Agree that 20mph limits in residential areas makes sense for safety, but it depends on the drivers. The way they drive through Goldcroft Rd means that the either do not know there is a limit, which in itself means they drive blind or they don't give a **** about the limits imposed. I have yet to see a police speed check done there. Also at the roundabout leading to this road, drivers on the inside lane shoot across to cut up into Goldcroft, regardless of the fact that the road marking distinctly indicates left turn to Weymouth Town Centre, not right.
Agree that 20mph limits in residential areas makes sense for safety, but it depends on the drivers. The way they drive through Goldcroft Rd means that the either do not know there is a limit, which in itself means they drive blind or they don't give a **** about the limits imposed. I have yet to see a police speed check done there. Also at the roundabout leading to this road, drivers on the inside lane shoot across to cut up into Goldcroft, regardless of the fact that the road marking distinctly indicates left turn to Weymouth Town Centre, not right. Eddi252
  • Score: -3

10:57am Wed 13 Aug 14

tarka says...

Parkstreetshufle no matter what the subject you can be relied upon to get cycling and your hate of the motorist into it somewhere, it’s as predictable as the sunrise but as boring as a wet summer.
Parkstreetshufle no matter what the subject you can be relied upon to get cycling and your hate of the motorist into it somewhere, it’s as predictable as the sunrise but as boring as a wet summer. tarka
  • Score: 4

3:40pm Wed 13 Aug 14

cj07589 says...

melcombe boy wrote:
bargain price wrote:
melcombe boy wrote:
caapprentice wrote:
It is difficult to exceed 20 mph anyway in Weymouth and Dorchester town centres as St. Thomas Street and South Street are both pedestrianised and traffic flow around adjacent streets doesn't enable traffic to move much faster, especially with the aid of the 'intelligent' traffic lights!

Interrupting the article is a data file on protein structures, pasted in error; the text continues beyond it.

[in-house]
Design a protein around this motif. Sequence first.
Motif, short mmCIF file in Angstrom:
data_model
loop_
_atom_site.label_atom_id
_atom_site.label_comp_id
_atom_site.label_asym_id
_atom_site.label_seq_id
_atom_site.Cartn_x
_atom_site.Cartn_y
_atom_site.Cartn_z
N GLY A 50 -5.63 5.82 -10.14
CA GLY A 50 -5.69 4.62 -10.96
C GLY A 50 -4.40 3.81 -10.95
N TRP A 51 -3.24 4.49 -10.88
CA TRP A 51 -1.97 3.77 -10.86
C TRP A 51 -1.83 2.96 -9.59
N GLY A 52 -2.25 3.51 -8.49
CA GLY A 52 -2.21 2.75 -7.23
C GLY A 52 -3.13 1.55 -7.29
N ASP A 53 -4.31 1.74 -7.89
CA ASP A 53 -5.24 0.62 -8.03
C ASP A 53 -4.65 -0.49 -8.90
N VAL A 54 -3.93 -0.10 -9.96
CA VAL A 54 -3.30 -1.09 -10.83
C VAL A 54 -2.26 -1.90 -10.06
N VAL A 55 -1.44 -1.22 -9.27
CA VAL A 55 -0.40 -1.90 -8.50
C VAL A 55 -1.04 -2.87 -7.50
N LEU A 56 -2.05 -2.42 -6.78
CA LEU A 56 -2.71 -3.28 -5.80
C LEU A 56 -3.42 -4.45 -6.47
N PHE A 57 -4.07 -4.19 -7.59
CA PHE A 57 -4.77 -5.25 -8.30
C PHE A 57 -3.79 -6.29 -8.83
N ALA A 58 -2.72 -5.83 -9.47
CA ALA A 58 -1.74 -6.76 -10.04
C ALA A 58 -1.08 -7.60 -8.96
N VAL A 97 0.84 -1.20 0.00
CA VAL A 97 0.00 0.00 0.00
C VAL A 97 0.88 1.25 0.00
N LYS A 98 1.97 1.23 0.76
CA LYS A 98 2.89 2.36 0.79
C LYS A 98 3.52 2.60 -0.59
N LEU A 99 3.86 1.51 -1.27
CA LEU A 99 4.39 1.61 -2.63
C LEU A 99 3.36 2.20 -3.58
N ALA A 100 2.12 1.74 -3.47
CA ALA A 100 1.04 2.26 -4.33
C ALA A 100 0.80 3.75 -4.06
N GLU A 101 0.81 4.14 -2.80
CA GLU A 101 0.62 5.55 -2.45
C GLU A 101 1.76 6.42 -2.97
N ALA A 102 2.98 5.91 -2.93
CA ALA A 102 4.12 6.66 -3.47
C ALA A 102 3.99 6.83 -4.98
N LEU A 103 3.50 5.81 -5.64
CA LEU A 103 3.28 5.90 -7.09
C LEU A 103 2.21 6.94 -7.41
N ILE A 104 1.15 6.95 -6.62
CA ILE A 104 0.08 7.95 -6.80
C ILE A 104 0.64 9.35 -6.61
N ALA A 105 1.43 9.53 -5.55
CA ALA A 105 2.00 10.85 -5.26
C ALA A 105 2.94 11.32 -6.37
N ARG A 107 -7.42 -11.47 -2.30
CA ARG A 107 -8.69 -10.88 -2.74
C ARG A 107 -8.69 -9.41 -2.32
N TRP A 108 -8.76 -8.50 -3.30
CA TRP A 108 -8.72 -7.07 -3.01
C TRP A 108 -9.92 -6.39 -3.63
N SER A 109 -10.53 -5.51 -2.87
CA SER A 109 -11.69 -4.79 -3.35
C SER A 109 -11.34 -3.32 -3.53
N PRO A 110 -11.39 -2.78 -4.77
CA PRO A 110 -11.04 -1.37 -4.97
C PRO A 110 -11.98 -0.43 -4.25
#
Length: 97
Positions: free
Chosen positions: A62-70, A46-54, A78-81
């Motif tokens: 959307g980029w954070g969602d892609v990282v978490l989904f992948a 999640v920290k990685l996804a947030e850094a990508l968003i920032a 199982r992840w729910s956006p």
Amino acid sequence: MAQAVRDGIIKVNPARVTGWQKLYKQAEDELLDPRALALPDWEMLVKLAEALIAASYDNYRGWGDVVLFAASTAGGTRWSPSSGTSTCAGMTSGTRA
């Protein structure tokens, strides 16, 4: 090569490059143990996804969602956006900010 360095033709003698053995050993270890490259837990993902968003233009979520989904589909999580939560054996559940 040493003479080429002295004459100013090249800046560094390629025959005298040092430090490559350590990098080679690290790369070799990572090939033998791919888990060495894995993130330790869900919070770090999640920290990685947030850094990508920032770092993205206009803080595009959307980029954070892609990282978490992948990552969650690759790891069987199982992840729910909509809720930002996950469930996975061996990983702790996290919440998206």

Transport Minister Baroness Kramer said: "Encouraging more people to cycle or use public transport makes sense for local economies
I can't imagine public transport being allowed to run in either St. Thomas Street or South Street although cyclists do currently use those roads without let or hindrance.
20 mph zones mean that the traffic will be slowed and remain emitting noxious fumes for longer in town centres.
That just isn't true.
and your proofs is?????????
Slowing traffic down improves the flow and causes less bottlenecks. That's why variable speed limits are used in many places in the UK and Europe when the traffic gets heavy.
A slow steady flow causes far less toxic fumes than heavy acceleration, rush and stop.
Yes on the motorway this would be correct but I'm not convinced this is the case in start & stop inner city/town rolling traffic conditions. Surely if a vehicle sits in slow moving traffic the idling engine revolutions won't be very efficient . I expect it would also depend on the age of car you drive too and whether it is one of these new Eco-cars with tiny powerless engines.
[quote][p][bold]melcombe boy[/bold] wrote: [quote][p][bold]bargain price[/bold] wrote: [quote][p][bold]melcombe boy[/bold] wrote: [quote][p][bold]caapprentice[/bold] wrote: It is difficult to exceed 20 mph anyway in Weymouth and Dorchester town centres as St. Thomas Street and South Street are both pedestrianised and traffic flow around adjacent streets doesn't enable traffic to move much faster, especially with the aid of the 'intelligent' traffic lights! Transport Minister Baroness Kramer said: "Encouraging more people to cycle or use public transport makes sense for local economies I can't imagine public transport being allowed to run in either St. Thomas Street or South Street although cyclists do currently use those roads without let or hindrance. 20 mph zones mean that the traffic will be slowed and remain emitting noxious fumes for longer in town centres.[/p][/quote]That just isn't true.[/p][/quote]and your proofs is?????????[/p][/quote]Slowing traffic down improves the flow and causes less bottlenecks. That's why variable speed limits are used in many places in the UK and Europe when the traffic gets heavy. A slow steady flow causes far less toxic fumes than heavy acceleration, rush and stop.[/p][/quote]Yes on the motorway this would be correct but I'm not convinced this is the case in start & stop inner city/town rolling traffic conditions. Surely if a vehicle sits in slow moving traffic the idling engine revolutions won't be very efficient . I expect it would also depend on the age of car you drive too and whether it is one of these new Eco-cars with tiny powerless engines. cj07589
  • Score: 0

10:54pm Wed 13 Aug 14

Bio8787 says...

Wonder what the traffic will be like in dorch in 4 years when they make the high street one way from Top of town down to Woods
Wonder what the traffic will be like in dorch in 4 years when they make the high street one way from Top of town down to Woods Bio8787
  • Score: 0